How To Speak Australian
It's not all 'brekkie' and 'barbie.' To speak like a true Australian, you have to learn to stop being such a wanker first.
Should you, an American, ever happen to wash up on the shores of Australia, the first thing you should keep in mind is that people have smartphones there, so you probably don’t need to rely on animals to help you find your way.
The second thing you should keep in mind is that while Americans and Australians both speak English, they don’t entirely speak the same language.
For one, Australians have a charming habit of abbreviating words, or giving everything a nickname, and giving nicknames to nicknames. For instance: "afternoon" becomes "arvo," "breakfast" becomes "brekkie," "mosquito" becomes "mozzie," and your name would almost certainly have an "ie" tacked on at the end. As a matter of fact, it was Australia that gave us the word "selfie."
Apparently, as legend would have it, these abbreviations were invented through necessity — more specifically, the need to clench your teeth to keep the blow flies from getting in your mouth. Many of these diminutives are just as long, if not longer, than the original words, so this probably isn’t entirely true. It’s an aesthetic, but also something more. The relaxed, informal nature of Australian slang points to a deeper truth about the culture. Australian humor is about "taking the piss out of someone," or ribbing them. To be Australian is to not take life — or yourself — too seriously, which makes the Australian brand of sarcasm occasionally difficult to detect for some overly earnest Americans.
"Australians are really dry and sarcastic, so half the stuff we say is a joke," said Raj Barker, an Australian expat living in New York City. "Our humor is about putting people down, but in a joking way. That’s why Americans can sometimes get offended by us."
Beyond its unpretentious candor, Australian slang is also fairly crude, but who knew there were so many applications for the word "piss," and what else would you expect from a language that’s here to take you down a few pegs?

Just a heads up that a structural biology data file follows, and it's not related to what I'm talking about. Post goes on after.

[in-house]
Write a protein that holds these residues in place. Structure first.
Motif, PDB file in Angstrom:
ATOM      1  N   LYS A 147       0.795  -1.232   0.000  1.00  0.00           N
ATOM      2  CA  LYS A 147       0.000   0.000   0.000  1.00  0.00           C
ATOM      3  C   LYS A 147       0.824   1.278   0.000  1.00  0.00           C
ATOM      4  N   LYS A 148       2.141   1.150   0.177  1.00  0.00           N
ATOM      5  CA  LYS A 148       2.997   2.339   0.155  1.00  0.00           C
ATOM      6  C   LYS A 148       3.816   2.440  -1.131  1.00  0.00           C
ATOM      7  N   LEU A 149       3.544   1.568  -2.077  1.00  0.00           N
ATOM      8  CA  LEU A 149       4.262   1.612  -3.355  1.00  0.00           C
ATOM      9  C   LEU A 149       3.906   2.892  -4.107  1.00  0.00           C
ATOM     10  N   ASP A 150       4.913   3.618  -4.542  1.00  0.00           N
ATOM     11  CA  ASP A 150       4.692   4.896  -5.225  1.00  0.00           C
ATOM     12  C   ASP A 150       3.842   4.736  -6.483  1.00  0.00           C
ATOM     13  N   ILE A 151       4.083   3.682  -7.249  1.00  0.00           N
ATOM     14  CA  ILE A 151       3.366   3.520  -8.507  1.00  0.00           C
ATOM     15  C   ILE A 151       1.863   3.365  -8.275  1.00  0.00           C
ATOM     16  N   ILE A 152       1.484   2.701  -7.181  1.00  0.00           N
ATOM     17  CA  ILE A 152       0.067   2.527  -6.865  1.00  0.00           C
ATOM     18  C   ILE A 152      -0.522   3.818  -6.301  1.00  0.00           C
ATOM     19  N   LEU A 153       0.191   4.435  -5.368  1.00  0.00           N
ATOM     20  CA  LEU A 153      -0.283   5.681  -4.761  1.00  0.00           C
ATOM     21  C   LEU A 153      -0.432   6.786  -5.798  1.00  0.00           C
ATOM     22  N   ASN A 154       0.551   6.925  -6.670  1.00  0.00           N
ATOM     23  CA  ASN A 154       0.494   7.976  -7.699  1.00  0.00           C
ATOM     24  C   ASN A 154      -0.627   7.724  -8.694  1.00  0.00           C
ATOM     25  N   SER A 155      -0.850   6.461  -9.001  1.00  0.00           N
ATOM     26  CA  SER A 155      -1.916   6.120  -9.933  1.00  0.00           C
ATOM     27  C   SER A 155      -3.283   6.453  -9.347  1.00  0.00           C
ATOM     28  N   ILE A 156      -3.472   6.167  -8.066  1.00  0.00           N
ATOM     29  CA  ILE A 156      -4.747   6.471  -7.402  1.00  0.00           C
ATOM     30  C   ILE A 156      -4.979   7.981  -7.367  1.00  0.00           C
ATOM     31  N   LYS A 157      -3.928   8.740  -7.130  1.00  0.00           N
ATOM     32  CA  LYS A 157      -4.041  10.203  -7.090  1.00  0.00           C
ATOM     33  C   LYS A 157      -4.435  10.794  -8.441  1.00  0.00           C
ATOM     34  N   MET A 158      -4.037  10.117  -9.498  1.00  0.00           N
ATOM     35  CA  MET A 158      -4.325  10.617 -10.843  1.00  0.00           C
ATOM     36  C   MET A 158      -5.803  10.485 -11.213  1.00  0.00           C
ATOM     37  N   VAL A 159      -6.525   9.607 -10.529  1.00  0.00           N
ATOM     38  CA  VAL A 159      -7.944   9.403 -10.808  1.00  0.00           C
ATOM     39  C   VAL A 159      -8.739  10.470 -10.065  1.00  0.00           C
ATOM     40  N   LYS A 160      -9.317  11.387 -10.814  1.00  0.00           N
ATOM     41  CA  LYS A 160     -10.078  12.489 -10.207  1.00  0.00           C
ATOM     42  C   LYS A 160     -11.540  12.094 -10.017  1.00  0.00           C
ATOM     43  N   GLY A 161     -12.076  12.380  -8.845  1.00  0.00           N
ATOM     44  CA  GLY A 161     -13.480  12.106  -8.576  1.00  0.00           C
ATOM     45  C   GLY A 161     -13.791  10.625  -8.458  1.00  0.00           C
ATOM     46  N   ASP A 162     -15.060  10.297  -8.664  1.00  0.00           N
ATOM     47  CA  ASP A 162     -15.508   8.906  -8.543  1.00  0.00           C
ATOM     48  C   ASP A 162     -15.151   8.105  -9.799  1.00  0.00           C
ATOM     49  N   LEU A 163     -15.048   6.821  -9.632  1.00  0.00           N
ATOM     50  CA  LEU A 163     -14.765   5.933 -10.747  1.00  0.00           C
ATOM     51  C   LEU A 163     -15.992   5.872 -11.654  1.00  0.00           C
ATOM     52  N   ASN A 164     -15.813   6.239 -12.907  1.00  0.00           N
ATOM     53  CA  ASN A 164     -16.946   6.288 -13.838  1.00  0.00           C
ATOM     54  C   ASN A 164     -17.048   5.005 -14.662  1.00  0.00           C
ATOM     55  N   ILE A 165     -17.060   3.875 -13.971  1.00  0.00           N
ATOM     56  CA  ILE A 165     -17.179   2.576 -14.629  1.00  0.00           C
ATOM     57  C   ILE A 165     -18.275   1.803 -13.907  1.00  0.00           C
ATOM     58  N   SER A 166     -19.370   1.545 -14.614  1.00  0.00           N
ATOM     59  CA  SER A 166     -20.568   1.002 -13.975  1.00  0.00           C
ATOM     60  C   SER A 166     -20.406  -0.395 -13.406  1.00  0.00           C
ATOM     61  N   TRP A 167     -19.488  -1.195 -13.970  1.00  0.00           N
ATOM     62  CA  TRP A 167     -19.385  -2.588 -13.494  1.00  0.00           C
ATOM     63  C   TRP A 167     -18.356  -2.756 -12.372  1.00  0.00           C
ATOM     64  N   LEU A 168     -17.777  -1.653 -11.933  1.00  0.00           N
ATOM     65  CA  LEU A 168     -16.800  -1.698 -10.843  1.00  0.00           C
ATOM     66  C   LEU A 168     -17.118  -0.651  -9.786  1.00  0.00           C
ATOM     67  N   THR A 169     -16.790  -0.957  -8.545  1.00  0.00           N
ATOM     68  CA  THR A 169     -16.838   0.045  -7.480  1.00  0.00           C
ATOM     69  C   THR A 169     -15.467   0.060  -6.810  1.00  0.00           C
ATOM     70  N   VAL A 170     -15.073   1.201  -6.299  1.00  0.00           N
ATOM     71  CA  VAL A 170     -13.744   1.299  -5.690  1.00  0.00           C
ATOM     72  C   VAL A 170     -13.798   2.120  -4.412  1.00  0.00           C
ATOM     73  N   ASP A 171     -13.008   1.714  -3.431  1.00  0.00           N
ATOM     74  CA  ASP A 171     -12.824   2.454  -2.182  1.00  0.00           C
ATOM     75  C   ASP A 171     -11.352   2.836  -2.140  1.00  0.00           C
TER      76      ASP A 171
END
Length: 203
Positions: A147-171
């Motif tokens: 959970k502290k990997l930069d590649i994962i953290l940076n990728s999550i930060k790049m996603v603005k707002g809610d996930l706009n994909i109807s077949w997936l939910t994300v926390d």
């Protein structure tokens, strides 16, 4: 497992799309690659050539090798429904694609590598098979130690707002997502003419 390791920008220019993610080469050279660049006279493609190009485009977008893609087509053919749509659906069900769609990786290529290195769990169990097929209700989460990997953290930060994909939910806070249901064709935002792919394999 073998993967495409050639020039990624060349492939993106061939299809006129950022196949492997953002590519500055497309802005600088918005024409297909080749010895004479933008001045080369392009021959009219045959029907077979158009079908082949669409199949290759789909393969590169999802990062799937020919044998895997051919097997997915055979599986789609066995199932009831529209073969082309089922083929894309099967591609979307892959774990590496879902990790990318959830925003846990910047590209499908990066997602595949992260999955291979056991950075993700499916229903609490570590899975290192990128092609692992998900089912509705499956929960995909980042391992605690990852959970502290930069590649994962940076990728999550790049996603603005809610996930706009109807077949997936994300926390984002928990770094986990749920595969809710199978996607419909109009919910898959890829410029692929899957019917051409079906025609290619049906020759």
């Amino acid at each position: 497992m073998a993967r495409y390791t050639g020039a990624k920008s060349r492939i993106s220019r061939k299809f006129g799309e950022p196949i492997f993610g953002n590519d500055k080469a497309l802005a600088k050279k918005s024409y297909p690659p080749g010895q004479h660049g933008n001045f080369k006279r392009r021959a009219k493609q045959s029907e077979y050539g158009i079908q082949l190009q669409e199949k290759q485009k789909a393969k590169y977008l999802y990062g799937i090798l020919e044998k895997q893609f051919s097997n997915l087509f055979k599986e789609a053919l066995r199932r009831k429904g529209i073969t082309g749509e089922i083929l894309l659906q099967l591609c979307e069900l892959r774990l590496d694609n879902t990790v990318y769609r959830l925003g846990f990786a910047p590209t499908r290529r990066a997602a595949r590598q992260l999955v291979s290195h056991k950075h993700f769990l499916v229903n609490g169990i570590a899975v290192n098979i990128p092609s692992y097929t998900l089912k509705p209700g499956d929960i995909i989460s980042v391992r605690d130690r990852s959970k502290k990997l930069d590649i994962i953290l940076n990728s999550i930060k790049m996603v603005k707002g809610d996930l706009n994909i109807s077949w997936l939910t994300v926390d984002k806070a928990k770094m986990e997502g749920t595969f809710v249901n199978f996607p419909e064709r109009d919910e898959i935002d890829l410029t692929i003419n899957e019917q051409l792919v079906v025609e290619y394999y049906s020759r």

Without further ado, here is a brief field guide to Australian English for your next journey to Oz.
It’s pissing down: It’s raining
A bit dusty: Hungover
What a pearler: What a beauty
Ocker: Someone who speaks crudely
Chuck a U-ey: Make a U-turn
Chockers: Full to the brim
She’ll be right: She’ll be okay
Sweet as: Good (As in: "How’s your day?" "Sweet as")
Yeah nah: No
Nah yeah: Yes
Sheila: A woman you admire and respect (As in: "She’s a top Sheila")
Cooked: Tired, had enough
To have a face like a dropped pie: Ugly
To have a face like a burnt thong (flip-flop): Ugly
To have a face like a smashed crab: Ugly
Going off like a frog in a sock: Lively, hopping (As in: "This party’s going off like a frog in a sock")
Carrying on like a pork chop: Being a dickhead
I’m not here to fuck spiders: I’m not here to fuck around
Old mate: That guy
Budgie smugglers: Men’s swimming shorts
Got the shits: Pissed off
Up at sparrow’s fart: Up really early
Bit how’s your father: It was okay (As in: "How was the movie?" "Eh, bit how’s your father")
Bob’s your uncle: And there you have it
Chuck a sickie: Call out sick
Dead-set mole: Bitch
Fang us a durry: Give us a cigarette
Bloody ripper: Really awesome
I’ll be there in a tick: I’ll be there in a minute
Died in the ass: Broke (As in: "Ugh, my phone died in the ass")
Have to get a wriggle on: Have to be quick
He couldn’t swing a cat in there: It’s really crowded
Bugger off: Get lost
I was buggered: I was tired
You beauty: Hell yeah
Fair dinkum: For real/seriously?
It’s the duck’s nuts: It’s really good
She’s such a dag: She has no style
Wanker: Someone who’s pretentious or stuck up
Get a dog up ya: Get fucked
Give something a red hot go: Give it a real try
I’ve having a very shocker: I’m having a bad day
I’ve got to take the kids to the pool/I’ve got to drop the kids off: I have to take a dump
She’s such a sook: She’s such a sulker
Wouldn’t piss on it if it was on fire: Equivalent to the American "wouldn’t touch it with a 10-foot pole"
Dunny/dunny can: Toilet
On your bike: Fuck off, move along (As in: "Watch where you’re going." "On your bike!")
I’m busting: I really have to go to the bathroom
Piece of piss: Really easy
Be there in two shakes of a lamb’s tail: Be there in no time
Flaming galah: Idiot (a galah is an Australian bird)
Pash: Passionate kiss
Bog: A poop
I’m going to a piss up: I’m going to a party
First cab off the rank: First to do something
Mole: Essentially, this is a horrible thing to call someone
Waffling on: Talking a lot
Get nicked: Go away
Feeling crook: Not feeling well